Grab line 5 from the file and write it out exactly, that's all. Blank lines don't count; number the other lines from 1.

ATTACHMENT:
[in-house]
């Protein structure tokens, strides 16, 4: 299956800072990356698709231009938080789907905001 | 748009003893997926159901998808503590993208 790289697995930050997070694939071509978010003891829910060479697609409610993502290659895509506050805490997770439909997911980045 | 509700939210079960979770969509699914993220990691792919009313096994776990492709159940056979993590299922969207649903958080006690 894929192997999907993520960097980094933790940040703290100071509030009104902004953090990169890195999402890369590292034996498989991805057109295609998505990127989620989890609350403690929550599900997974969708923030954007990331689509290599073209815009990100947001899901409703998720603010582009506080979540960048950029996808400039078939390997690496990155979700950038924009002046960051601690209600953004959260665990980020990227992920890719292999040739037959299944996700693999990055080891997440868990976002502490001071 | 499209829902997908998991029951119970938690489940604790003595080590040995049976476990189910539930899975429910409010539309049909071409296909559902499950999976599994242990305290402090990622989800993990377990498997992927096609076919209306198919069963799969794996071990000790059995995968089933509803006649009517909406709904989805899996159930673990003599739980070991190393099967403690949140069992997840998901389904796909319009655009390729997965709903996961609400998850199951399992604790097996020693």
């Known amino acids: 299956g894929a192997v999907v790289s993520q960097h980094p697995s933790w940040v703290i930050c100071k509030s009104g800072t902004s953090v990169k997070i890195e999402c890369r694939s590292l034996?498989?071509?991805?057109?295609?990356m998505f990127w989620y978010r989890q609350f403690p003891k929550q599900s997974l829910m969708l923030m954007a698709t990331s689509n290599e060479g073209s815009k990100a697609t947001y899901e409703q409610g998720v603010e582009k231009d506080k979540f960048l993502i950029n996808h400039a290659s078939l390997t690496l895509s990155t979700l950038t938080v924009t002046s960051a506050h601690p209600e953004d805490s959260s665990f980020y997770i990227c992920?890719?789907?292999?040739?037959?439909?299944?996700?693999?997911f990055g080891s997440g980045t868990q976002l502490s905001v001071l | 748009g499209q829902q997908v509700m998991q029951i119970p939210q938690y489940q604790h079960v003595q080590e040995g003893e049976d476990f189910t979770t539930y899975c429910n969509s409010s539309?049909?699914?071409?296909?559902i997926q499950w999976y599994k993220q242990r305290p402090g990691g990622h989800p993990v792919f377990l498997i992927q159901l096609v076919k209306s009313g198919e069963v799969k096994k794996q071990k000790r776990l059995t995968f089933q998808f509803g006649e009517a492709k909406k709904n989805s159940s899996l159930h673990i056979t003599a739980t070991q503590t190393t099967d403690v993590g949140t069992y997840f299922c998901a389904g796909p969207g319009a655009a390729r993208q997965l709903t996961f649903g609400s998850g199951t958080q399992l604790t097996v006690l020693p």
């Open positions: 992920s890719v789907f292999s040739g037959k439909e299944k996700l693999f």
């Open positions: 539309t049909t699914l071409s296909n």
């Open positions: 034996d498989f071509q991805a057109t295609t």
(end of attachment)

């Open positions: 539309t049909t699914l071409s296909n």